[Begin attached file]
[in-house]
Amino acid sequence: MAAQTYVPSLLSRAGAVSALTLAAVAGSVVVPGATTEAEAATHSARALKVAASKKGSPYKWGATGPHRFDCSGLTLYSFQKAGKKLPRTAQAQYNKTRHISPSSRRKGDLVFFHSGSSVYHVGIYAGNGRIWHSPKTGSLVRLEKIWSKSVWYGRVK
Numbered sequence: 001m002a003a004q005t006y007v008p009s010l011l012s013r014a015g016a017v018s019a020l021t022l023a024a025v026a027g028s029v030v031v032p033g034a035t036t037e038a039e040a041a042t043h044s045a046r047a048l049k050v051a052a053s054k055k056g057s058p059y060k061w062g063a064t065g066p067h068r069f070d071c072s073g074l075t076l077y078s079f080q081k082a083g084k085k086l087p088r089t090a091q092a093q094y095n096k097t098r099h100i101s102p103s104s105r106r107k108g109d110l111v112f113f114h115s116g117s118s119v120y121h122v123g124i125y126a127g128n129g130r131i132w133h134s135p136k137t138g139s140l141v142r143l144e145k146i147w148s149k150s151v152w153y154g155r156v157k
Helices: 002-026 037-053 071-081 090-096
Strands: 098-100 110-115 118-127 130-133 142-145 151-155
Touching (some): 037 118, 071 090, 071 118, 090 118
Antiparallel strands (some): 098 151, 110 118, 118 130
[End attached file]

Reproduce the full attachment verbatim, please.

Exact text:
[in-house]
Amino acid sequence: MAAQTYVPSLLSRAGAVSALTLAAVAGSVVVPGATTEAEAATHSARALKVAASKKGSPYKWGATGPHRFDCSGLTLYSFQKAGKKLPRTAQAQYNKTRHISPSSRRKGDLVFFHSGSSVYHVGIYAGNGRIWHSPKTGSLVRLEKIWSKSVWYGRVK
Numbered sequence: 001m002a003a004q005t006y007v008p009s010l011l012s013r014a015g016a017v018s019a020l021t022l023a024a025v026a027g028s029v030v031v032p033g034a035t036t037e038a039e040a041a042t043h044s045a046r047a048l049k050v051a052a053s054k055k056g057s058p059y060k061w062g063a064t065g066p067h068r069f070d071c072s073g074l075t076l077y078s079f080q081k082a083g084k085k086l087p088r089t090a091q092a093q094y095n096k097t098r099h100i101s102p103s104s105r106r107k108g109d110l111v112f113f114h115s116g117s118s119v120y121h122v123g124i125y126a127g128n129g130r131i132w133h134s135p136k137t138g139s140l141v142r143l144e145k146i147w148s149k150s151v152w153y154g155r156v157k
Helices: 002-026 037-053 071-081 090-096
Strands: 098-100 110-115 118-127 130-133 142-145 151-155
Touching (some): 037 118, 071 090, 071 118, 090 118
Antiparallel strands (some): 098 151, 110 118, 118 130